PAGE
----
On Greater Longevity in Colder Environments

Why do cold-blooded species live longer in colder environments? Researchers have a prospective mechanism that is shared by mammals:

Scientists have known for nearly a century that cold-blooded animals, such as worms, flies and fish all live longer in cold environments, but have not known exactly why. Researchers [have] identified a genetic program that promotes longevity of roundworms in cold environments - and this genetic program also exists in warm-blooded animals, including humans. "This raises the intriguing possibility that exposure to cold air - or pharmacological stimulation of the cold-sensitive genetic program - may promote longevity in mammals."

Scientists had long assumed that animals live longer in cold environments because of a passive thermodynamic process, reasoning that low temperatures reduce the rate of chemical reactions and thereby slow the rate of aging. "But now, at least in roundworms, the extended lifespan observed at low temperature cannot be simply explained by a reduced rate of chemical reactions. It's, in fact, an active process that is regulated by genes."

[Researchers] found that cold air activates a receptor known as the TRPA1 channel, found in nerve and fat cells in nematodes, and TRPA1 then passes calcium into cells. The resulting chain of signaling ultimately reaches DAF-16/FOXO, a gene associated with longevity. Mutant worms that lacked TRPA1 had shorter life spans at lower temperatures.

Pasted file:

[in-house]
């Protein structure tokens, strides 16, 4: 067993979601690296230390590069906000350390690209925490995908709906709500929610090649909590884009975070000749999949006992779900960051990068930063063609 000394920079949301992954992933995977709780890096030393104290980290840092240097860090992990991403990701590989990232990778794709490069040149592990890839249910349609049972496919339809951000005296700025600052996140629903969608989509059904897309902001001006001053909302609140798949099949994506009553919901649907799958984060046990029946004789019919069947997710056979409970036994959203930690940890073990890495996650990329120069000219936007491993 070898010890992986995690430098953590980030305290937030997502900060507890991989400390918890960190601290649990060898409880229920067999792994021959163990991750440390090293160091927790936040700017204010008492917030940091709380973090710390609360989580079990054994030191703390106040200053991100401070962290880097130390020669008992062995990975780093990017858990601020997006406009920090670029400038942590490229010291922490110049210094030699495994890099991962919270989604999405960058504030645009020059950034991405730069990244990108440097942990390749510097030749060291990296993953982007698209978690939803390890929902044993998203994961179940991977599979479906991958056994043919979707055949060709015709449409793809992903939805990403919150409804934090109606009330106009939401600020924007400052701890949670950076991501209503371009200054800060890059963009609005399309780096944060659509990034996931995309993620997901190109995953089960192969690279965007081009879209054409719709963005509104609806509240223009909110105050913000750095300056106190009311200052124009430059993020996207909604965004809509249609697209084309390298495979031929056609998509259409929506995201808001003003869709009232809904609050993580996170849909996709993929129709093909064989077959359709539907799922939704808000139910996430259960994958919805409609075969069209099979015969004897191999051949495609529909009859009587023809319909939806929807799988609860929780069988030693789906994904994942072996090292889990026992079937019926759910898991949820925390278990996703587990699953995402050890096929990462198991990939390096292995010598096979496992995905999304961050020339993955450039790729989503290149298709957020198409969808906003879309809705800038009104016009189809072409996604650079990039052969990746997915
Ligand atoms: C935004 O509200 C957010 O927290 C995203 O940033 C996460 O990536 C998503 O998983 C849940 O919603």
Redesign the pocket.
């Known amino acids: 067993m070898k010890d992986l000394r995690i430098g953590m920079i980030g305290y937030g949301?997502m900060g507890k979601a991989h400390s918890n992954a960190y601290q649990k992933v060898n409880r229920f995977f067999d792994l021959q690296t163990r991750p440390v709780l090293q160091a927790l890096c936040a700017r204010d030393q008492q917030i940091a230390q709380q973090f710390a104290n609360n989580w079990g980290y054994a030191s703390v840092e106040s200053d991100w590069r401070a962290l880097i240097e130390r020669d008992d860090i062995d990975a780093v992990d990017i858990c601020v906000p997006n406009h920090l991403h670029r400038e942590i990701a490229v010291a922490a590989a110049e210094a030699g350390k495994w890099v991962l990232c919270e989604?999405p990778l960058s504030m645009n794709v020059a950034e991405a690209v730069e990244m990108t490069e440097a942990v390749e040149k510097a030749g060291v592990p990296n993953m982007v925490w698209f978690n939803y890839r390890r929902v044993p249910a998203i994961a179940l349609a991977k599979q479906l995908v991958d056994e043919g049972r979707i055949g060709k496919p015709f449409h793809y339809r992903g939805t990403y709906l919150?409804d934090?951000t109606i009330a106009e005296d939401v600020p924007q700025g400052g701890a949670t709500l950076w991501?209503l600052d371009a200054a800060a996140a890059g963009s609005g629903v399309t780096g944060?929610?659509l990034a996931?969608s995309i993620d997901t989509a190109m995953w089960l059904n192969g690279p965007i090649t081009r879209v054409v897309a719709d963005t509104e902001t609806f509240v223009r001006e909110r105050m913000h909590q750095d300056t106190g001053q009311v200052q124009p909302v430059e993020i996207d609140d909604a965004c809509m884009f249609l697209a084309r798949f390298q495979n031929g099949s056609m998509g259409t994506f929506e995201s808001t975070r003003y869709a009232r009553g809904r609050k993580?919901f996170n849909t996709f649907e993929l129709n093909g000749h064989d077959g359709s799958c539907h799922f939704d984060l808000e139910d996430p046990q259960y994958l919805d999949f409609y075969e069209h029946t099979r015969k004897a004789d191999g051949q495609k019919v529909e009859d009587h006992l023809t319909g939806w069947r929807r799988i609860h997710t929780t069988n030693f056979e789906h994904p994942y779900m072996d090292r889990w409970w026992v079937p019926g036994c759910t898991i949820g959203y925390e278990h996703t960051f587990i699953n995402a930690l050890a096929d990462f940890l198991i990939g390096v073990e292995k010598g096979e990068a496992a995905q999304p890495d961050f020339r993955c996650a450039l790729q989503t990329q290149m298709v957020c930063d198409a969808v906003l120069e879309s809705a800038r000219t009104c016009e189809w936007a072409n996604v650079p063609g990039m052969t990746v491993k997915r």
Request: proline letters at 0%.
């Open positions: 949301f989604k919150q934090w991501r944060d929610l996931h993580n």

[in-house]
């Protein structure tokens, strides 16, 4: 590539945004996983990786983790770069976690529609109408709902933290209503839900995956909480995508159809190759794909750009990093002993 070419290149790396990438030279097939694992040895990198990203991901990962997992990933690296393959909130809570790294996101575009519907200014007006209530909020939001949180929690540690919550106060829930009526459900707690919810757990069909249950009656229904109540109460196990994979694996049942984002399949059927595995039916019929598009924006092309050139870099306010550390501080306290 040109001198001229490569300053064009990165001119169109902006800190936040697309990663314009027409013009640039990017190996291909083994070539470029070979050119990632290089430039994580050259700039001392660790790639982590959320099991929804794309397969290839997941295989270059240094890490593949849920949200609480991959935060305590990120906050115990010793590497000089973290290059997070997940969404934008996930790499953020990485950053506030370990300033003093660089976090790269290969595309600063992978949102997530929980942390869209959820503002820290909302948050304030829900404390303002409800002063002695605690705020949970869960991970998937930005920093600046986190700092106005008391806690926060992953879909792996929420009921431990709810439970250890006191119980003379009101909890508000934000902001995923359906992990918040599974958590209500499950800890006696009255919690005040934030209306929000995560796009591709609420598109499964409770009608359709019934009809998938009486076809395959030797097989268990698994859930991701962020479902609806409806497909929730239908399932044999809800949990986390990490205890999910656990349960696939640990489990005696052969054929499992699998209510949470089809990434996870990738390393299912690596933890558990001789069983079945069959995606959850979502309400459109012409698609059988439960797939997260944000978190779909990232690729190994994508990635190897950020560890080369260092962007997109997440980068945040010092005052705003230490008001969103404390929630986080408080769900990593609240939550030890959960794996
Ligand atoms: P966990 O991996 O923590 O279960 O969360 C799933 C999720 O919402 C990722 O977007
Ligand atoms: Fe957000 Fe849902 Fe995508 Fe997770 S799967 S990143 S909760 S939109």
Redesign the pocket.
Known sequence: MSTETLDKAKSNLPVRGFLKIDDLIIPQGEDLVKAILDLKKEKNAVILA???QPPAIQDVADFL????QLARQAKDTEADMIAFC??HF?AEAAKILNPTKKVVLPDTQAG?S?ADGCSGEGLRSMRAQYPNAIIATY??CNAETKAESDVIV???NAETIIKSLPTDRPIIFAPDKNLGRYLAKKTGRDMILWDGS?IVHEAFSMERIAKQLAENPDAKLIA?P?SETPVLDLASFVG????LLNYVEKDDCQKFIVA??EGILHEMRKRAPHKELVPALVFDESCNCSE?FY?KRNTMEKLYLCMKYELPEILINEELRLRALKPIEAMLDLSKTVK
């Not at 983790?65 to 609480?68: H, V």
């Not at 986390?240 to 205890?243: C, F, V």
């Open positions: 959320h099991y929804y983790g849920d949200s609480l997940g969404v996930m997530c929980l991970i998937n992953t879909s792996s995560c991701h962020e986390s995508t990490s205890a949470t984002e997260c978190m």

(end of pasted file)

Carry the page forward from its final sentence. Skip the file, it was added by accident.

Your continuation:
Because the mechanisms [also] exist in a range of other organisms, including humans, the research suggests that a similar effect might be possible. The study also links calcium signaling to longevity for the first time and makes a novel connection between fat tissue and temperature response. Researchers have known that lowering the core body temperature of warm-blooded animals, such as mice, by 0.9 degrees Fahrenheit can extend lifespan by 20 percent, but it hasn't been practical for humans to attempt to lower the core body temperature.

It's worth noting that past research has shown that not all methods of lowering core body temperature in mammals will extend life. It matters how it's done, which suggests that it isn't so much temperature as the particular mechanisms that are running that is driving the effect. For example, calorie restriction is associated with a lower core body temperature.

Link: http://www.eurekalert.org/pub_releases/2013-02/uom-sca021413.php


when comparing to human one has to take into consideration the difference
nematods are anaerobic human are aerobic

Posted by: a bar or at February 21st, 2013 2:31 PM
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